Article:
Synopsis: A trained killer wants to give up the life but is pulled back in by his handler to collect a briefcase on a bullet train heading from Tokyo to Kyoto. Onboard the train, he and other competing assassins discover their objectives are all connected.
Stars: Brad Pitt, Joey King, Aaron Taylor-Johnson, Brian Tyree Henry, Andrew Koji, Hiroyuki Sanada, Michael Shannon, Bad Bunny, Zazie Beetz, Logan Lerman, Karen Fukuhara, Masi Oka, Sandra Bullock
Director: David Leitch
Running Length: 126 minutes
TMMM Score: (7.5/10)
Review: Hard to believe it, but I’m writing this in the last few hours on the first day of August. The summer days are already starting to creep to a close, and soon so will our ferocious summer movie season, the first full-throttle one in a post-pandemic climate. It’s been a wild journey of ups (The Black Phone) and downs (Thor: Love and Thunder), unexpected surprises (Marcel the Shell with Shoes On), and confirmed bullseyes (Top Gun: Maverick), and you can’t say the stars haven’t come out to play. We have an entire season of fall movies and awards hopefuls getting their party attire on, but until then, Summer 2022 still has a few tricks left up its sleeve. Thankfully, August starts at breakneck speed with the rowdy fun of Bullet Train.
Based on Kôtarô Isaka’s 2010 Japanese novel, Bullet Train might look on the surface as a star vehicle for Oscar winner Brad Pitt, but fans of the novel know there’s more to the story than we have been led to believe. Screenwriter Zak Olkewicz has maintained much of Isaka’s source material, keeping the multiple story threads in place and allowing director David Leitch to tug on them when needed. There’s a shared spotlight often throughout the film, encompassing Pitt and an eclectic mix of characters on board a high-speed commuter train bound for danger. Once you get on Bullet Train, two hours of non-stop action don’t give you much time to breathe or think about the number of implausibilities on the trip.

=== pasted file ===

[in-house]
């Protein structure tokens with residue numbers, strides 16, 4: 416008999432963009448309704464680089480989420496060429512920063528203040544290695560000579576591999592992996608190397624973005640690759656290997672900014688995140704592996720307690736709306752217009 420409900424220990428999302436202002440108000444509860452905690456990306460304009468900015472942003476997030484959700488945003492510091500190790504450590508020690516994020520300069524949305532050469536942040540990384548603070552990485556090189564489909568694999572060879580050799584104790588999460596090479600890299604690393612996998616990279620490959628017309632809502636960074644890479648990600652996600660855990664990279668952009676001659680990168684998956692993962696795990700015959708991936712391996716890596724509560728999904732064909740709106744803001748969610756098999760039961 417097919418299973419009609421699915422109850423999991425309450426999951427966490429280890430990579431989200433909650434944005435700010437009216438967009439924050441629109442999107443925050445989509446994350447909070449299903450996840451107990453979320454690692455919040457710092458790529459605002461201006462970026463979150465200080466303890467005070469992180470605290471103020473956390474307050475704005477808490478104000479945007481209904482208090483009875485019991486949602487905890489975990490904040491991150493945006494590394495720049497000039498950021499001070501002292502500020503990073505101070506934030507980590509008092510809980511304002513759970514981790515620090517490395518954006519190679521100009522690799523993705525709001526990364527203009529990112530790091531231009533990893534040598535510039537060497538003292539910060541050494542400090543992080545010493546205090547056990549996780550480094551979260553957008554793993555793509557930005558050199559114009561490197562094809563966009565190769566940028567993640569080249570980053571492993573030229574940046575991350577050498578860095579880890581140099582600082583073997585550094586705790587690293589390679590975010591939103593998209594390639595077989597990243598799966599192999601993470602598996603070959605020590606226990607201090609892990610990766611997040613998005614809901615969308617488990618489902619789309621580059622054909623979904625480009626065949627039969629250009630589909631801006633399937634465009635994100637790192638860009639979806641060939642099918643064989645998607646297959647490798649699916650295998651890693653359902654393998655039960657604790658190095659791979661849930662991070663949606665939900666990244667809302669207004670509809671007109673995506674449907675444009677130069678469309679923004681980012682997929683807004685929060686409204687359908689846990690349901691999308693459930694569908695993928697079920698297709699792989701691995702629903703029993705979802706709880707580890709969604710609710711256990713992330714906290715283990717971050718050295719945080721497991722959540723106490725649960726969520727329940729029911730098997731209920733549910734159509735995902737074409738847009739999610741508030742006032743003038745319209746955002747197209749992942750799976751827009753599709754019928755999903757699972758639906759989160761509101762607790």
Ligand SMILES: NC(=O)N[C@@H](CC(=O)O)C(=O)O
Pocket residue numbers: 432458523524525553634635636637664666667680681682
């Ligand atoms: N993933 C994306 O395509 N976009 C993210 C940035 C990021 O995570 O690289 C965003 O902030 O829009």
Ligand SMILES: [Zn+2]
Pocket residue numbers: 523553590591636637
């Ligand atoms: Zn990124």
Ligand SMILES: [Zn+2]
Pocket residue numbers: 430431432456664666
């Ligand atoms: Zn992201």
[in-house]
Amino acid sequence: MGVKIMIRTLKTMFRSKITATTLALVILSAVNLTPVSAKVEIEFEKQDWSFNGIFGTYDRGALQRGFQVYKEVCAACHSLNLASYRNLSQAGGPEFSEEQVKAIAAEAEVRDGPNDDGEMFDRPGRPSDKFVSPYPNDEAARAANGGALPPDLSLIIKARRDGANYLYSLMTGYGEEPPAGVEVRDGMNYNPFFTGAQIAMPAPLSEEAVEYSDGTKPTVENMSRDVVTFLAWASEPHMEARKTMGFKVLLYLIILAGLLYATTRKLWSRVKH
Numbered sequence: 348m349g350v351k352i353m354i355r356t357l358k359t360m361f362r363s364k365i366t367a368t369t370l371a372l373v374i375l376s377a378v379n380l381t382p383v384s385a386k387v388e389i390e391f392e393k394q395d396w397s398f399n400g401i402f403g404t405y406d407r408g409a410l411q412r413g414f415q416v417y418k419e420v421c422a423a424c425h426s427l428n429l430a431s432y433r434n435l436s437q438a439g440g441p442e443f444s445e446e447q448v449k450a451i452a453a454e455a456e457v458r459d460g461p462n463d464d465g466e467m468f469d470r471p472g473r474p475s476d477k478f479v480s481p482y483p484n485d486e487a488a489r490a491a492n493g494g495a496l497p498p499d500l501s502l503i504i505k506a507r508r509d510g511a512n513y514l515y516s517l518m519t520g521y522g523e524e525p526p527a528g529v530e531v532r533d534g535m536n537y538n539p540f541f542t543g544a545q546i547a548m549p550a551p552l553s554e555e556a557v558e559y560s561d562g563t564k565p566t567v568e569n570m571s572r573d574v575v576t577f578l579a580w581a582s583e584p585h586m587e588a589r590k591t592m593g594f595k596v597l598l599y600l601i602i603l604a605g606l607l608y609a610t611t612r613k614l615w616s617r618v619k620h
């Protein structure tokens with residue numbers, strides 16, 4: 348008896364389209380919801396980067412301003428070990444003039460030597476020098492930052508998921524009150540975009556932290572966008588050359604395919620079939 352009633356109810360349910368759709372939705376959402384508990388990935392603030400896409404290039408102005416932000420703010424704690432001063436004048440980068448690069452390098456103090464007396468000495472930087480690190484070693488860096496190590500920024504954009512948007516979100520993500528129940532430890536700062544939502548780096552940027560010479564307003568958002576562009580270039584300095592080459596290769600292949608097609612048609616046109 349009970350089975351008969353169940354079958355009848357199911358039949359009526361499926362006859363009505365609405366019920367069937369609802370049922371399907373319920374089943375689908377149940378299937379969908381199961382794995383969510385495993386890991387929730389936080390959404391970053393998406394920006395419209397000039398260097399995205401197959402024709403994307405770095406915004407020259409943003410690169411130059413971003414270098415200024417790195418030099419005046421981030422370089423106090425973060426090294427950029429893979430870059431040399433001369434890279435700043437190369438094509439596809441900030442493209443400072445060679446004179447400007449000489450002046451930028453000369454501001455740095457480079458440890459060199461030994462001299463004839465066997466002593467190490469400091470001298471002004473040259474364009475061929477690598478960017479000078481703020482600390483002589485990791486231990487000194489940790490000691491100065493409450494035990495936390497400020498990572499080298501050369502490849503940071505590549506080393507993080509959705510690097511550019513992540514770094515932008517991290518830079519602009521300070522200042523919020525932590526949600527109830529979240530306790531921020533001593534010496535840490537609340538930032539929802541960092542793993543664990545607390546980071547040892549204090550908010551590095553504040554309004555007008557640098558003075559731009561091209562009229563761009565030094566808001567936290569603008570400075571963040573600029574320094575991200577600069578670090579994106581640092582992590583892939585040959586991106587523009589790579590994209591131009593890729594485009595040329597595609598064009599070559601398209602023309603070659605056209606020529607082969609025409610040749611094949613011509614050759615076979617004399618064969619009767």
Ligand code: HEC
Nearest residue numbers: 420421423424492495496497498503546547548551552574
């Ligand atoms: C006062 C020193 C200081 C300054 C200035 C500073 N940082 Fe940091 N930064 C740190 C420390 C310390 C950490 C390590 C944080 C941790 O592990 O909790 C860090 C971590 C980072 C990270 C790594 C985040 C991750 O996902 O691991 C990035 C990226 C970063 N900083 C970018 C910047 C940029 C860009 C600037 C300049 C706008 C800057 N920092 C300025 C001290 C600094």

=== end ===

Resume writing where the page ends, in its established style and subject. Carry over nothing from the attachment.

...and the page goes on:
A skilled hitman (Pitt, Ad Astra) has rejoined the ranks after taking time away to work on finding inner peace. Newly Zen and working the steps his therapy has given him, he’s more conflicted and cerebral than shoot first and asks questions later. His handler, Maria Beetle (an Oscar-winning actress whose identity isn’t a secret if you’ve seen the trailer but might be if you haven’t), has lined him up for a quick job to fill in for a sick agent. Armed with the codename Ladybug and a handful of innocuous carry-on pocket items, he hops on the train as directed.
This setup isn’t actually how the film opens. We’ve already met another set of characters (each person is identified through onscreen title cards), and while their initial involvement with the story may not make sense, the voyage will eventually plot out exactly how they figure into the curveball-friendly plot. It’s another reason why avoiding the trailer at all costs would be worth your while. With its Agatha Christie on Red Bull fondness for pulling the rug out from under you, one has to wonder why the marketing for Bullet Train has given so much away. Images, characters, and sequences in the preview have spoiled some developments (and nearly all of one actor’s scenes), and I would want to know how much more of a guessing-game experience this could have been, having known less going in.